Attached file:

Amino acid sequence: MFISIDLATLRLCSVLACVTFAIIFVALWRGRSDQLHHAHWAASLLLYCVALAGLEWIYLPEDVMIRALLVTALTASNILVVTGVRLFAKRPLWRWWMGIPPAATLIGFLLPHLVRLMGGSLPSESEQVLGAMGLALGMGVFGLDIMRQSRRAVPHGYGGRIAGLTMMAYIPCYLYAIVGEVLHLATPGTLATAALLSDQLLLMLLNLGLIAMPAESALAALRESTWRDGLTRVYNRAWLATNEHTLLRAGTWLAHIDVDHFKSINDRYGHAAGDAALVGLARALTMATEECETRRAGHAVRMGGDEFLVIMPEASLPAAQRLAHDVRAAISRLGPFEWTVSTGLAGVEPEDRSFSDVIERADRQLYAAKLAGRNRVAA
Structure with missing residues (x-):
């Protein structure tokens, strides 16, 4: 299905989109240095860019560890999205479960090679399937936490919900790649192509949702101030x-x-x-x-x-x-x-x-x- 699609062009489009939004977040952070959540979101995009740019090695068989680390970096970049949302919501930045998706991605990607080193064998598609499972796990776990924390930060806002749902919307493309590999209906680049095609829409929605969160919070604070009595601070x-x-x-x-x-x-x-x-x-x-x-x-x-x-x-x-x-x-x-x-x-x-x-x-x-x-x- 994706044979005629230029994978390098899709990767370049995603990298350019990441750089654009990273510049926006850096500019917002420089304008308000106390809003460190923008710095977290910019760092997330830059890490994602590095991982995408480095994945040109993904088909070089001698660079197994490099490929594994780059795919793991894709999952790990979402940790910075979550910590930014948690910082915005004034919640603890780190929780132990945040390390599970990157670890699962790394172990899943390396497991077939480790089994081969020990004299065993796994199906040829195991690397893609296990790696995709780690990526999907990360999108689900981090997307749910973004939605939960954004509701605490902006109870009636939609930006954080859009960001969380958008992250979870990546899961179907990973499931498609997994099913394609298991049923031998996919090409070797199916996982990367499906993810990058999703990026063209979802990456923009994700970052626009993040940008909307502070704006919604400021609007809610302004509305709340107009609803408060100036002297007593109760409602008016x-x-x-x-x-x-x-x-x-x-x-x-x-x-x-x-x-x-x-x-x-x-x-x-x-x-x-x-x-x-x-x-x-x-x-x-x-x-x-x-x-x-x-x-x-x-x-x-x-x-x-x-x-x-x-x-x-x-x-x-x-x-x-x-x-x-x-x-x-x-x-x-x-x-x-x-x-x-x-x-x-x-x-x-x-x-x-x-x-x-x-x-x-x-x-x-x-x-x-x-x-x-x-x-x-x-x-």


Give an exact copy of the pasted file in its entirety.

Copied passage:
Amino acid sequence: MFISIDLATLRLCSVLACVTFAIIFVALWRGRSDQLHHAHWAASLLLYCVALAGLEWIYLPEDVMIRALLVTALTASNILVVTGVRLFAKRPLWRWWMGIPPAATLIGFLLPHLVRLMGGSLPSESEQVLGAMGLALGMGVFGLDIMRQSRRAVPHGYGGRIAGLTMMAYIPCYLYAIVGEVLHLATPGTLATAALLSDQLLLMLLNLGLIAMPAESALAALRESTWRDGLTRVYNRAWLATNEHTLLRAGTWLAHIDVDHFKSINDRYGHAAGDAALVGLARALTMATEECETRRAGHAVRMGGDEFLVIMPEASLPAAQRLAHDVRAAISRLGPFEWTVSTGLAGVEPEDRSFSDVIERADRQLYAAKLAGRNRVAA
Structure with missing residues (x-):
């Protein structure tokens, strides 16, 4: 299905989109240095860019560890999205479960090679399937936490919900790649192509949702101030x-x-x-x-x-x-x-x-x- 699609062009489009939004977040952070959540979101995009740019090695068989680390970096970049949302919501930045998706991605990607080193064998598609499972796990776990924390930060806002749902919307493309590999209906680049095609829409929605969160919070604070009595601070x-x-x-x-x-x-x-x-x-x-x-x-x-x-x-x-x-x-x-x-x-x-x-x-x-x-x- 994706044979005629230029994978390098899709990767370049995603990298350019990441750089654009990273510049926006850096500019917002420089304008308000106390809003460190923008710095977290910019760092997330830059890490994602590095991982995408480095994945040109993904088909070089001698660079197994490099490929594994780059795919793991894709999952790990979402940790910075979550910590930014948690910082915005004034919640603890780190929780132990945040390390599970990157670890699962790394172990899943390396497991077939480790089994081969020990004299065993796994199906040829195991690397893609296990790696995709780690990526999907990360999108689900981090997307749910973004939605939960954004509701605490902006109870009636939609930006954080859009960001969380958008992250979870990546899961179907990973499931498609997994099913394609298991049923031998996919090409070797199916996982990367499906993810990058999703990026063209979802990456923009994700970052626009993040940008909307502070704006919604400021609007809610302004509305709340107009609803408060100036002297007593109760409602008016x-x-x-x-x-x-x-x-x-x-x-x-x-x-x-x-x-x-x-x-x-x-x-x-x-x-x-x-x-x-x-x-x-x-x-x-x-x-x-x-x-x-x-x-x-x-x-x-x-x-x-x-x-x-x-x-x-x-x-x-x-x-x-x-x-x-x-x-x-x-x-x-x-x-x-x-x-x-x-x-x-x-x-x-x-x-x-x-x-x-x-x-x-x-x-x-x-x-x-x-x-x-x-x-x-x-x-």